Leading article: In the Gaddafi clan's end is Libya's new beginning


Related Topics

In one respect, the capture by pro-government forces of Saif al-Islam Gaddafi brings the victorious Libyan uprising to its appropriate conclusion. Until Saif was seized, it was just about possible for remnants of the old regime to hope that their defeat might prove temporary; now the revolution is complete.

The dead leader's favourite son and presumed heir was taken prisoner as he tried to flee to Niger, as other members of his family had successfully done before him. That he failed is the final proof that the Gaddafi clan's rule is over.

In almost every other respect, however, Saif Gaddafi's capture potentially causes as many problems as it solves. The first relates to his custody. Saif was taken prisoner in the south of the country and is reportedly being held by local militia forces in the northern town of Zintan. Whether the local militia will be prepared to surrender him to the interim government, and whether they try to exact a price in terms of senior posts or influence, will be a gauge of the real power of the Prime Minister, Abdurrahim al-Keib. Clashes between rival militias not far from Tripoli last week do not make this a superfluous question.

The second problem relates to his treatment. In capturing Saif alive, Libyan forces have done what they were not able to do with his father: popular rage could not be restrained when the injured Muammar Gaddafi was caught. But will it be possible for those baser instincts to be restrained for as long as Saif may be in custody? Ensuring that Saif Gaddafi is treated correctly, according to international requirements, will be a further test of the new rulers, both of their intentions and how far their authority actually reaches.

The third problem relates to the course of justice. The Prime Minister has pledged that Saif will receive a fair trial, and it is understandable that Libya's new rulers would want to have him tried under their jurisdiction. This could be cathartic for Libyans, while also validating the new government. Yet Saif is also wanted by the International Criminal Court, and there is an argument that the ICC and charges of war crimes should take precedence over any claims that Libya might have on the erstwhile favourite son.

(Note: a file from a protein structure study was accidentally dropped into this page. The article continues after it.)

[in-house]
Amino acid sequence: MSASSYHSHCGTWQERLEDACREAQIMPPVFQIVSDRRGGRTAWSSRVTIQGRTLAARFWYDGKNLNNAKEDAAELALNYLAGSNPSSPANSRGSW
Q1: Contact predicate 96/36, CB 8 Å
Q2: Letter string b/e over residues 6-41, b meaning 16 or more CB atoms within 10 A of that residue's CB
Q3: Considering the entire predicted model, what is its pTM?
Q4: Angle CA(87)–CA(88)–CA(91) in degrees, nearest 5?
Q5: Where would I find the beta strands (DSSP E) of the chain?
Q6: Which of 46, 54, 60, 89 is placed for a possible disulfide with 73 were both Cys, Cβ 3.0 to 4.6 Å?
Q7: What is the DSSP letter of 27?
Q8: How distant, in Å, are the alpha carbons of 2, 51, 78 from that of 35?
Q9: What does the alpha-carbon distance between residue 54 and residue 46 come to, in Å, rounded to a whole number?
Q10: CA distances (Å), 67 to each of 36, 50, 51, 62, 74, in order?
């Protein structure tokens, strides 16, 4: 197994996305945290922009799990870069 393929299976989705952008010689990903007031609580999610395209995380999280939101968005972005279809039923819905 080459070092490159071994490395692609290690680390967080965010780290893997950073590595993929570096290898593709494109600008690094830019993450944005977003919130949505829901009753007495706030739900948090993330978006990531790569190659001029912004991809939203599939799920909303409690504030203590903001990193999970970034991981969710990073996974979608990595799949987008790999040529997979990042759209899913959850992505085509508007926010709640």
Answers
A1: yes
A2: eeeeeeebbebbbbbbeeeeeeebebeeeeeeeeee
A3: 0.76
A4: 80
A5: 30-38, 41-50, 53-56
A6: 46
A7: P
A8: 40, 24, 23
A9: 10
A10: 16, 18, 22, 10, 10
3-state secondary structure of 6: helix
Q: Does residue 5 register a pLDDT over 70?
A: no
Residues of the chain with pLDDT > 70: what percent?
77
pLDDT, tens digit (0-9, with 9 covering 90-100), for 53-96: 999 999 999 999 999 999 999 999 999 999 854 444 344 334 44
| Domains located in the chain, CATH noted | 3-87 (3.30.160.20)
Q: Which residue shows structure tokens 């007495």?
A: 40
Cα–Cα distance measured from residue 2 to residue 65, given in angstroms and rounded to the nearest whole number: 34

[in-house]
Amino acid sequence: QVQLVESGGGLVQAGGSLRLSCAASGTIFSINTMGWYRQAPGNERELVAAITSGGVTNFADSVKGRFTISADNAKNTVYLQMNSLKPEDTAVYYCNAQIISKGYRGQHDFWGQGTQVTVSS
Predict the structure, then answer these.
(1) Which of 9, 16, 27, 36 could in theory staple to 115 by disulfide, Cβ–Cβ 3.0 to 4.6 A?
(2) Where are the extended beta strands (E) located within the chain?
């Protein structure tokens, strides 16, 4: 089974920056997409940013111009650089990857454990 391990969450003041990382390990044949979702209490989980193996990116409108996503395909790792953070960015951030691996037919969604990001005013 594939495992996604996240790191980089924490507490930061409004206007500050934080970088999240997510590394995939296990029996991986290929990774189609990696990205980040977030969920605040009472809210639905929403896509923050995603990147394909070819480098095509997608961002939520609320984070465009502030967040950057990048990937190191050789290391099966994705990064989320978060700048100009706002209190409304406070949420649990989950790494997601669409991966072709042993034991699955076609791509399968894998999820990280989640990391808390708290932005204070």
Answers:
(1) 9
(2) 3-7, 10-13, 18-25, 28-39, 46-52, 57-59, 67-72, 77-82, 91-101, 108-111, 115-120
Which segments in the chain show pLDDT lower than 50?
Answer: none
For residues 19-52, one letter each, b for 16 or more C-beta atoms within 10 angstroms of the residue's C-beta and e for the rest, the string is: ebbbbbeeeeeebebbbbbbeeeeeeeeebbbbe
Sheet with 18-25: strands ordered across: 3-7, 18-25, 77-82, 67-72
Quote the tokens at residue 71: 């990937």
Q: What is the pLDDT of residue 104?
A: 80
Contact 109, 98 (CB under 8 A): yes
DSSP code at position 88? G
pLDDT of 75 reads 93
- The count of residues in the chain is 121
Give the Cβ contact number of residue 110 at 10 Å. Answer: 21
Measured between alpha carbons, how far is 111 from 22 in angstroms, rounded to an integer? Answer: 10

There is an awkward conflict of interests here, and one that might equally have arisen with Saif's father, had he survived captivity. One suggestion is that a joint trial might be held in Libya, and that could provide a solution of a kind. But this is unlikely to be the first or last time that such a conflict might arise. It would be unfortunate if the first international exposure of Libya's new government were to be as one party to a bitter dispute about who should try Saif. This is not what the new Libya or its friends abroad need. The joint option should not be rejected out of hand.

Fourthly, and finally, there is the sensitive matter of Saif's international role as Gaddafi's chief envoy, and especially his interaction with the last British government. There is enough that remains murky in what has already emerged to suggest that there could be a great deal more to come out, and it is unlikely to be flattering to the British side. Saif's involvement with the London School of Economics has already cost that establishment its director, but the full extent and nature of the contacts that government, academia and business established with the Gaddafis, as the then Prime Minister, Tony Blair, set about his rapprochement with Libya is still largely a closed book.

There are probably many, in Britain and elsewhere, who might have hoped that Saif Gaddafi would meet a fate similar to his father's, and take his secrets to the grave. For both countries, however, it is far preferable that the full truth should be known, if only to reduce the risk of similar costly misjudgements in the future.

React Now

Latest stories from i100
iJobs Job Widget
iJobs General

Senior Pensions Administrator

£23000 - £26000 Per Annum: Clearwater People Solutions Ltd: Our client is curr...